One point to consider here is that Google traditionally counts active accounts only, whereas Microsoft has never been shy about counting every desktop you could possibly install some variant of Windows on (just ask any school!)

    There is no point drawing comparisons unless you can have clarity whether you're comparing apples to apples. For now you're just adding noise.

    • RE: Google vs. Microsoft: Number wars, students as weapons

      @Yahnz Firstly, I'm a criminologist, not a statistician, so please don't tell me I should know better based on no first-hand knowledge of the degree I do. And secondly, had you read some of the earlier posts that I had written (linked in the post), you'd realise the state of Google's affairs in line with plenty of statistics for your number-lusting pleasure.
  • MS is Junk

    So is Exchange, Active Directory, and Office.

    It's shocking that Universities which should be producing students that make the next generation of things would be so intrenched in Microsoft.

    MS is a dead end technology.
    • Good post.

      Fully backed up statements of wisdom beyond the ages.

      Your mamma must be extra proud of you.
  • Dodgy conclusion based on poor research

    You claim that there only seem to be a few dozen establishments using Google Apps based on a mashup map with the header "See a small sample of schools" and "Add your own"? That claim is wrong.

    You conclude that since MS PR says 10,000 that it must be true? They're likely including anyone who's ever touched it, even just for evaluation. Coming from PR, it's doubtful or at least skewed.

    Then you go on to say, "Considering most universities have over 10,000 students". MOST do NOT have over 10K students. Public colleges in the US have about 10-12K, but Census data shows that private colleges have more like 3-4,000 each and NCES data shows that in the US private colleges outnumber public colleges two to one. So that claim is wrong.

    And based on those flawed assumptions you jump off the high board with what paraphrases to "We don't really know, but golly gee Microsoft is sure wayyy ahead."

    The only remotely provable conclusion here is that you can say anything you want to in an opinion piece.
  • RE: Google vs. Microsoft: Number wars, students as weapons

    Not live, man. Live@Edu. Not same thing.
  • RE: Google vs. Microsoft: Number wars, students as weapons

    I don't think that having Live@edu built into Exchange Server 2010 is a big deal. My school still uses Exchange 2003, and I guess most schools are slow to upgrade to such a new version of Exchange, if not for cost reasons, than simply for reliability reasons (ie. waiting to make sure all the bugs are worked out first).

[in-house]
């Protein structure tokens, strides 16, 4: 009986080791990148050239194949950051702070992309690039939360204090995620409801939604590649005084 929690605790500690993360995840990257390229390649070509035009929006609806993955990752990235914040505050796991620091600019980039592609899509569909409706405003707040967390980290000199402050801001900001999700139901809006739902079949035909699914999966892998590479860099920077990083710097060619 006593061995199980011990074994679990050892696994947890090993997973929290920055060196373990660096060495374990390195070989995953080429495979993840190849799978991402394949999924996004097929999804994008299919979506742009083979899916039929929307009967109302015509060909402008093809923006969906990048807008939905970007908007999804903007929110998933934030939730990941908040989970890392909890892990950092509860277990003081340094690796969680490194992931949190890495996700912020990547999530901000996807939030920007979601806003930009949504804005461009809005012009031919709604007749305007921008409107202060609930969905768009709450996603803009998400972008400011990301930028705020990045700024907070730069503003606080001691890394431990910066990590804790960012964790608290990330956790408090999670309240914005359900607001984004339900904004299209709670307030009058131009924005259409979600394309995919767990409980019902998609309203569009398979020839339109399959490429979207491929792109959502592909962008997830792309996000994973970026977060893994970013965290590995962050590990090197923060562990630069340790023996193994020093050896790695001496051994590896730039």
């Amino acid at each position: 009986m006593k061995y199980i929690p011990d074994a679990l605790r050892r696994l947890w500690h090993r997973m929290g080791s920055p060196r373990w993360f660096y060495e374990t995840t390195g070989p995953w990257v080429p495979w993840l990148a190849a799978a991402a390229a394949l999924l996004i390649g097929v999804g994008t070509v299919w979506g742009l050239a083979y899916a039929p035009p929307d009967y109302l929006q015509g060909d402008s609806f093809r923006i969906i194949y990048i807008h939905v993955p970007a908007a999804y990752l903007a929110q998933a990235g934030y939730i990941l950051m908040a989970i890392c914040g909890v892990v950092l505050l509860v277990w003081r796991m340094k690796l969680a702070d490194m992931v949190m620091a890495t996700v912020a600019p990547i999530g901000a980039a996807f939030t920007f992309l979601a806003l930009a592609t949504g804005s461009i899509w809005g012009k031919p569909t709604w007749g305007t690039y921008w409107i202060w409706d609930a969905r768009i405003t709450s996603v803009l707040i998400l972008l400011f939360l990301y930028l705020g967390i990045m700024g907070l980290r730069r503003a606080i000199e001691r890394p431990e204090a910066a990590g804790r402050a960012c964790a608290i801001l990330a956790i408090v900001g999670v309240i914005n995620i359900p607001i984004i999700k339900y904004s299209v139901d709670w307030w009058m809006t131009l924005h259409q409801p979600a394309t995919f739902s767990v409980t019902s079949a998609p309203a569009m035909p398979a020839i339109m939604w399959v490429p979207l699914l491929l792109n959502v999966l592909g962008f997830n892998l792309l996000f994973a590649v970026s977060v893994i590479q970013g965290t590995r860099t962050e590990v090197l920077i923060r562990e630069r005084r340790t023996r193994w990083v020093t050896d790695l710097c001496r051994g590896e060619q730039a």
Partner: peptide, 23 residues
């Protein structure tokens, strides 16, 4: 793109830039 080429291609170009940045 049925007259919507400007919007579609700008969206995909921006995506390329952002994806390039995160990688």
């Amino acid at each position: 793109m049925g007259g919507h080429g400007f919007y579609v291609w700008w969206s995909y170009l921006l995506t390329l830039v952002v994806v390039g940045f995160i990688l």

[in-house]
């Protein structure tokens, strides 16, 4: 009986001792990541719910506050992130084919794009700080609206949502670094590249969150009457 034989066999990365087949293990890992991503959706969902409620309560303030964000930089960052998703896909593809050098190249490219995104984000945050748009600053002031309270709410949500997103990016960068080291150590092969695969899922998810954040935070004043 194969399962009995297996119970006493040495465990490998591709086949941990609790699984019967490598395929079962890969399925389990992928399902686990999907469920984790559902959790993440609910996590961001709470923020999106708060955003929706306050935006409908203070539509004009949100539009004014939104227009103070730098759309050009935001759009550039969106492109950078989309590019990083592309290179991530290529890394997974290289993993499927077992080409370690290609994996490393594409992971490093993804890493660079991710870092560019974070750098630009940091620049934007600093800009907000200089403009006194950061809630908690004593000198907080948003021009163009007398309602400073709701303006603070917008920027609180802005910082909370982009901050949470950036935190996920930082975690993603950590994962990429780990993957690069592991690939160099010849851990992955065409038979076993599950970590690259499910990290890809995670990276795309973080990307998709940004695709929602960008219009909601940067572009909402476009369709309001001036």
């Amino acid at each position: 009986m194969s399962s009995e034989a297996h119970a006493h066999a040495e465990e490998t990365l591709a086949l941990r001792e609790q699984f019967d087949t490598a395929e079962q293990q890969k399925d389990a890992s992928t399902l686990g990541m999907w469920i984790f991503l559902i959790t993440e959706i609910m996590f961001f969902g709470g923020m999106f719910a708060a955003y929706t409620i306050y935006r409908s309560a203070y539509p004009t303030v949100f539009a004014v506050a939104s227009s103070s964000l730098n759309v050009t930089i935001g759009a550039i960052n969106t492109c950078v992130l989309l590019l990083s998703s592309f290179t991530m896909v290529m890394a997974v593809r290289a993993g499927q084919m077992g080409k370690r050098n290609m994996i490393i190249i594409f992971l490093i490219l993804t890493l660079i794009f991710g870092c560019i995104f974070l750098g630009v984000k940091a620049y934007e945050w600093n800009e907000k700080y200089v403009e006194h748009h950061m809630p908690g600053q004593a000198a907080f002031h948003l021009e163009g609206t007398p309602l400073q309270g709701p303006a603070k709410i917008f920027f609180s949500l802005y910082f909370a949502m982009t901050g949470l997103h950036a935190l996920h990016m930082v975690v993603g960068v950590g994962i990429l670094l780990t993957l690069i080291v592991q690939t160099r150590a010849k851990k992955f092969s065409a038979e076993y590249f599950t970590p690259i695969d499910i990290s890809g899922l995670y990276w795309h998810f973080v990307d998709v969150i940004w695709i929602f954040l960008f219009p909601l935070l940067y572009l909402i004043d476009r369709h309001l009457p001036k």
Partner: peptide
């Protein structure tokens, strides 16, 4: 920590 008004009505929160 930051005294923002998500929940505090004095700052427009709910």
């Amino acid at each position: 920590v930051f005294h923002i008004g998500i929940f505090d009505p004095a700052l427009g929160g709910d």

We use Google Apps. I would also say that Google has an advantage because most students are aware of Gmail. I doubt many students know what Live@edu is. I hadn't even heard of Live@edu until now.
  • Students Choosing their email

    Hey so I attend a university in Canada called McMaster University. Our current email system has a max inbox of 15mb. Pretty awesome right? So we are moving forward with getting a new system but allowing our students to decide. The reason being that, any move forward will be great, but the point of this is for students to use it, and embrace it, and if they don't like a product or find it too complicated and not conducive to their education then why not give them the opportunity to decide.

    Any thoughts on this method?
  • RE: Google vs. Microsoft: Number wars, students as weapons

    So, let me get this straight. Live@edu is a Micro$oft server program that supports email? Is it free? Does it support shared document authoring? Is it platform neutral? Does it support student website creation and hosting? Does it have any other apps helpful to education and communication? What are the comparison points?
  • RE: Google vs. Microsoft: Number wars, students as weapons

    Our University just did an extensive evaluation of Google Apps vs. Live@edu. This included several conversations with Gartner to obtain objective comparisons and usage statistics. According to Gartner's research, US universities/colleges are split almost exactly 50/50 between the two offerings.

    Our own surveys of the student population also revealed, somewhat surprisingly, that use of email providers was pretty evenly split among Yahoo, MS Live, and Gmail. Everyone thought Gmail would win by a mile, but statistics proved Gmail is not as ubiquitous as people may think, even among the young student population.

    In the end, our University went with Live@edu because of larger quotas, native support for Outlook, and better support for smartphones/tablets. As a disclaimer, we have never been an Exchange shop, so there was no compelling MS loyalty to push us toward Live@edu. In fact, a transition to Google would have probably been easier.